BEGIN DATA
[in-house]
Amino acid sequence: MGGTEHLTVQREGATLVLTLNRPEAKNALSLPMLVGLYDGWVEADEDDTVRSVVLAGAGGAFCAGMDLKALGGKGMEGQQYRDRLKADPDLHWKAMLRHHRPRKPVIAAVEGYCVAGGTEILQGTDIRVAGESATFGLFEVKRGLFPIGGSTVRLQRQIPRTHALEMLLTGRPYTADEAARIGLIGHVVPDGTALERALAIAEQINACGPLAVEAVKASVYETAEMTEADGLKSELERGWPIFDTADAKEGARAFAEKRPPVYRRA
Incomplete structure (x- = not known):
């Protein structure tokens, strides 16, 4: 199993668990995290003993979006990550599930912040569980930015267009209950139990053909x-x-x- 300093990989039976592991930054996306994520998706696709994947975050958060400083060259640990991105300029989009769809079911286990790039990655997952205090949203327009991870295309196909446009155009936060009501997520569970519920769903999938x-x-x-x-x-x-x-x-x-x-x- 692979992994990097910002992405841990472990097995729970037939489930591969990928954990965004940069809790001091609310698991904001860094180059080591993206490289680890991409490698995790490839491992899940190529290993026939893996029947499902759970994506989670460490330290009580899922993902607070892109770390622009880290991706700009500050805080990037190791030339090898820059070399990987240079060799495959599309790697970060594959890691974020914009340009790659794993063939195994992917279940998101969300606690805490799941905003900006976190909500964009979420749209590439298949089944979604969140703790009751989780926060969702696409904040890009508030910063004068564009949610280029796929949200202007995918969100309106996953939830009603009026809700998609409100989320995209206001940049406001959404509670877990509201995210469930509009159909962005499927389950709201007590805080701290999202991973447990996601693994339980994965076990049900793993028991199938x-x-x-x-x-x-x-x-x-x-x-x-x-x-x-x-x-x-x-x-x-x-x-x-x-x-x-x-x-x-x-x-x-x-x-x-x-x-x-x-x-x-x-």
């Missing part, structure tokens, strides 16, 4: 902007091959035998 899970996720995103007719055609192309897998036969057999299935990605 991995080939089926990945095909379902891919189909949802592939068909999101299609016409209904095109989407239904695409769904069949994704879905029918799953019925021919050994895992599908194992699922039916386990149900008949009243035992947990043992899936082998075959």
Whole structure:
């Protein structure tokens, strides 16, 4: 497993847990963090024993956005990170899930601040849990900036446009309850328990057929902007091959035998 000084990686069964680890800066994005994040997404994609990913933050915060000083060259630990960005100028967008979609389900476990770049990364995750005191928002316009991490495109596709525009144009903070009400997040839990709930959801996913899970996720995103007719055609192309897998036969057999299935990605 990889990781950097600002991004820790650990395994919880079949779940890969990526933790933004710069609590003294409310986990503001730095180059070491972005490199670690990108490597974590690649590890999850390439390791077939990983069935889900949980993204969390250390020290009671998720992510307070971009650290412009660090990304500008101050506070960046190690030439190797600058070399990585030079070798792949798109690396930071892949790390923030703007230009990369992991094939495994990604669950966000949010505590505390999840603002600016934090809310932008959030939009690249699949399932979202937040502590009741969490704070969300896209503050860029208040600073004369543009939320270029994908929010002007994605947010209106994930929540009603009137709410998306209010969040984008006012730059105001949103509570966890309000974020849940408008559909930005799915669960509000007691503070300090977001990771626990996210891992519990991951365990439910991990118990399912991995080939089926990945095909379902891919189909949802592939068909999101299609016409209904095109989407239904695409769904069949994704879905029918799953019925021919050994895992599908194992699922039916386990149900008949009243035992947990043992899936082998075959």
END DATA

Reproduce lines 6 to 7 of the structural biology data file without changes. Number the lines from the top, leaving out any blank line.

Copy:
Whole structure:
């Protein structure tokens, strides 16, 4: 497993847990963090024993956005990170899930601040849990900036446009309850328990057929902007091959035998 000084990686069964680890800066994005994040997404994609990913933050915060000083060259630990960005100028967008979609389900476990770049990364995750005191928002316009991490495109596709525009144009903070009400997040839990709930959801996913899970996720995103007719055609192309897998036969057999299935990605 990889990781950097600002991004820790650990395994919880079949779940890969990526933790933004710069609590003294409310986990503001730095180059070491972005490199670690990108490597974590690649590890999850390439390791077939990983069935889900949980993204969390250390020290009671998720992510307070971009650290412009660090990304500008101050506070960046190690030439190797600058070399990585030079070798792949798109690396930071892949790390923030703007230009990369992991094939495994990604669950966000949010505590505390999840603002600016934090809310932008959030939009690249699949399932979202937040502590009741969490704070969300896209503050860029208040600073004369543009939320270029994908929010002007994605947010209106994930929540009603009137709410998306209010969040984008006012730059105001949103509570966890309000974020849940408008559909930005799915669960509000007691503070300090977001990771626990996210891992519990991951365990439910991990118990399912991995080939089926990945095909379902891919189909949802592939068909999101299609016409209904095109989407239904695409769904069949994704879905029918799953019925021919050994895992599908194992699922039916386990149900008949009243035992947990043992899936082998075959």